Before the days of television, radio was the prime and perhaps the only, source of domestic entertainment. Many old timers still cherish and recall the days, when the All India Radio used to broadcast a coherent mix of news, soothing music, drama, cricket commentaries and gripping topical talks.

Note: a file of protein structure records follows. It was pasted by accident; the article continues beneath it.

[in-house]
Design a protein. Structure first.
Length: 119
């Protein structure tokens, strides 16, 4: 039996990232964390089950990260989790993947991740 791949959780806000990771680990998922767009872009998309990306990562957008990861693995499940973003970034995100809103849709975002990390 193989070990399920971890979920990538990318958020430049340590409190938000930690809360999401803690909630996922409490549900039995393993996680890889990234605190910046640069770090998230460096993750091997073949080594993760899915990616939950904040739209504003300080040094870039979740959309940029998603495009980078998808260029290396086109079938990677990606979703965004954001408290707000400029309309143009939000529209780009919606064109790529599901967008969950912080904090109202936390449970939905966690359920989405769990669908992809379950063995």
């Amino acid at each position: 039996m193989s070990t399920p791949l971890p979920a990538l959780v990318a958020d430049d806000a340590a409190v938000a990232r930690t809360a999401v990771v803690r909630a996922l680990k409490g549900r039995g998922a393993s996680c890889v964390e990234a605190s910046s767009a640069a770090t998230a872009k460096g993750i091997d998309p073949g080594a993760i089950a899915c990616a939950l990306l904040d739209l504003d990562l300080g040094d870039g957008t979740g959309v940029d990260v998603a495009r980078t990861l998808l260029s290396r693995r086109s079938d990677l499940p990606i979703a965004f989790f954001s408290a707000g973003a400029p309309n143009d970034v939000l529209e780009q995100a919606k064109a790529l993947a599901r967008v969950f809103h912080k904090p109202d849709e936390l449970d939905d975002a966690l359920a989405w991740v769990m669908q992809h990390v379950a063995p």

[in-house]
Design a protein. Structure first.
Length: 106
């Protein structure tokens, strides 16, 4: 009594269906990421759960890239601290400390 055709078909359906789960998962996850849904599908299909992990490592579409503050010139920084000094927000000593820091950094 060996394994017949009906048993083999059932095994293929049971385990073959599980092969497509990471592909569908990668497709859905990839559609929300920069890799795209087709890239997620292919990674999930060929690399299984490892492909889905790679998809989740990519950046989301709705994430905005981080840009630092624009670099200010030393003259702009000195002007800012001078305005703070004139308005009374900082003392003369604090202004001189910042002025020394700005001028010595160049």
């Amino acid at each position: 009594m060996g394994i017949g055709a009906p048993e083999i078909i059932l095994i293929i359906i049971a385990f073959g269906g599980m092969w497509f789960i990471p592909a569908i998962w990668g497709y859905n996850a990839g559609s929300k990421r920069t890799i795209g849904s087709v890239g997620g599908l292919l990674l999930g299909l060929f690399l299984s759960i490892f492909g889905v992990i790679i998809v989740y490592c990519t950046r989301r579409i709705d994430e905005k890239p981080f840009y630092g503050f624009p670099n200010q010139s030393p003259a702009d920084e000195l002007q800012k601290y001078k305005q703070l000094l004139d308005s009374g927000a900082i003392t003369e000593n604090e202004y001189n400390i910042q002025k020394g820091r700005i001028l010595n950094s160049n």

Set up on the lines of the BBC, broadcasting in India began in June 1923 by the Bombay Presidency Radio Club, along with other radio clubs. According to an agreement on 23 July 1927, the private Indian Broadcasting Company Ltd (IBC) was authorized to operate two radio stations, in Bombay and Calcutta. The Bombay station began on 23 July 1927 and the Calcutta station started operation from a building named Temple Chamber, opposite the high court and started to broadcast from 26 August 1927. Subsequently, they moved to another building located on no 1 Garstin Place. However, as the private broadcasting Company went into liquidation on 1 March 1930, the reigns of the broadcasting network went into the hands of the Imperial Government, resulting in the formation of the Indian State Broadcasting Service (ISBS) on 1 April 1930 on an experimental basis for two years and then permanently from May 1932. Afterwards, it went on to become All India Radio on 8 June 1936, under the control of the Government of India and Lionel Fielden was engaged as the first controller of Broadcasting in India. Lionel Fielden, a senior BBC producer, spent five years in India and in 1939 he banned the harmonium, as he felt it was not suitable to the tonal inflections of Indian classical music. However, much later, in the month of April 1980, that restriction was withdrawn. In those days, musical and dialogue programmes, termed as European and Indian, were broadcast every evening for three to four hours.